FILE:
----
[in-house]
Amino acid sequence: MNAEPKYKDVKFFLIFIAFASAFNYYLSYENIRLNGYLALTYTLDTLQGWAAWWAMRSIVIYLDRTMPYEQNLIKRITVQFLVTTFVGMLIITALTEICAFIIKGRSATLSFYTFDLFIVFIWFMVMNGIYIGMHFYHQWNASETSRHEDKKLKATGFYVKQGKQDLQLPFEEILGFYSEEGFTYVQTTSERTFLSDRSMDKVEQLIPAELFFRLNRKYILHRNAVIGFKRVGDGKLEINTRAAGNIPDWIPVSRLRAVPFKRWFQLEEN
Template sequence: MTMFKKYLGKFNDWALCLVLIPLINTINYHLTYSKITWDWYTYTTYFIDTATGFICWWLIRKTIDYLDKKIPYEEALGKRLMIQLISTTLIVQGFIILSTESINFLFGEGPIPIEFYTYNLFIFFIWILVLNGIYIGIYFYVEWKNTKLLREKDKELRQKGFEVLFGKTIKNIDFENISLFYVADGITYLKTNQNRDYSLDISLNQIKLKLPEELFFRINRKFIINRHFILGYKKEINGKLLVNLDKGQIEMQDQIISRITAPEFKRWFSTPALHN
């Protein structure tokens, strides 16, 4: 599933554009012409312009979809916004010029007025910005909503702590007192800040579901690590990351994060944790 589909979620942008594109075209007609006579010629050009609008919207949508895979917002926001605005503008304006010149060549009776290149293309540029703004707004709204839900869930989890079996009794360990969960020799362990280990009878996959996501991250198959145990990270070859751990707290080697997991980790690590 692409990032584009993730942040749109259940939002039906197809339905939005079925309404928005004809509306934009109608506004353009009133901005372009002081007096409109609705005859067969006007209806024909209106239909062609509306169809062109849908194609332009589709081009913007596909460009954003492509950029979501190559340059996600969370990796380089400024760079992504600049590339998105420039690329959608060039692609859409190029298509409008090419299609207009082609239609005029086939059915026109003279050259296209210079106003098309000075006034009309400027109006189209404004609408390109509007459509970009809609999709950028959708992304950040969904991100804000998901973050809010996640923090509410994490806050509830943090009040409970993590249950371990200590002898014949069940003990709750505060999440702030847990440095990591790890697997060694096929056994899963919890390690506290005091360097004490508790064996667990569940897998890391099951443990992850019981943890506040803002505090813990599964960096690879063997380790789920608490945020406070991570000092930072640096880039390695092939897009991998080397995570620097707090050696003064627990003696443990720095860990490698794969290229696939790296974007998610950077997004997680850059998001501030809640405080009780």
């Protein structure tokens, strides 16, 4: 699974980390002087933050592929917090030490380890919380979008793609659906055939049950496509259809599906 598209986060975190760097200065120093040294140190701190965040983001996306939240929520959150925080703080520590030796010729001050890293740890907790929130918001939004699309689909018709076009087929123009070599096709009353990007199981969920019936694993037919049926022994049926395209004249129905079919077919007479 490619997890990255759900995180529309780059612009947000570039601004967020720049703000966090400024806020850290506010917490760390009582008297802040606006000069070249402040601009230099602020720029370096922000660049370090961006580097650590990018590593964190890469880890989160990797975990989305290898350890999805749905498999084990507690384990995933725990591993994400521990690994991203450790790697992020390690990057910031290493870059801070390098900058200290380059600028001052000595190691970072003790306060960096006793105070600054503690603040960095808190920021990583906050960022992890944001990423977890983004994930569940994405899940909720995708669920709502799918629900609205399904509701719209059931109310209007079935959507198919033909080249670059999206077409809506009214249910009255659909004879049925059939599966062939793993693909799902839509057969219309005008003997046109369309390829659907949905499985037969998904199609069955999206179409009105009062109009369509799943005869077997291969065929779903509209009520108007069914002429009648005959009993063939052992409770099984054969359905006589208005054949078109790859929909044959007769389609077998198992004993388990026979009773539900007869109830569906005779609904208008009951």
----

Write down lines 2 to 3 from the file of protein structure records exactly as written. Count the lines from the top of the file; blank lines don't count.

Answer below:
Amino acid sequence: MNAEPKYKDVKFFLIFIAFASAFNYYLSYENIRLNGYLALTYTLDTLQGWAAWWAMRSIVIYLDRTMPYEQNLIKRITVQFLVTTFVGMLIITALTEICAFIIKGRSATLSFYTFDLFIVFIWFMVMNGIYIGMHFYHQWNASETSRHEDKKLKATGFYVKQGKQDLQLPFEEILGFYSEEGFTYVQTTSERTFLSDRSMDKVEQLIPAELFFRLNRKYILHRNAVIGFKRVGDGKLEINTRAAGNIPDWIPVSRLRAVPFKRWFQLEEN
Template sequence: MTMFKKYLGKFNDWALCLVLIPLINTINYHLTYSKITWDWYTYTTYFIDTATGFICWWLIRKTIDYLDKKIPYEEALGKRLMIQLISTTLIVQGFIILSTESINFLFGEGPIPIEFYTYNLFIFFIWILVLNGIYIGIYFYVEWKNTKLLREKDKELRQKGFEVLFGKTIKNIDFENISLFYVADGITYLKTNQNRDYSLDISLNQIKLKLPEELFFRINRKFIINRHFILGYKKEINGKLLVNLDKGQIEMQDQIISRITAPEFKRWFSTPALHN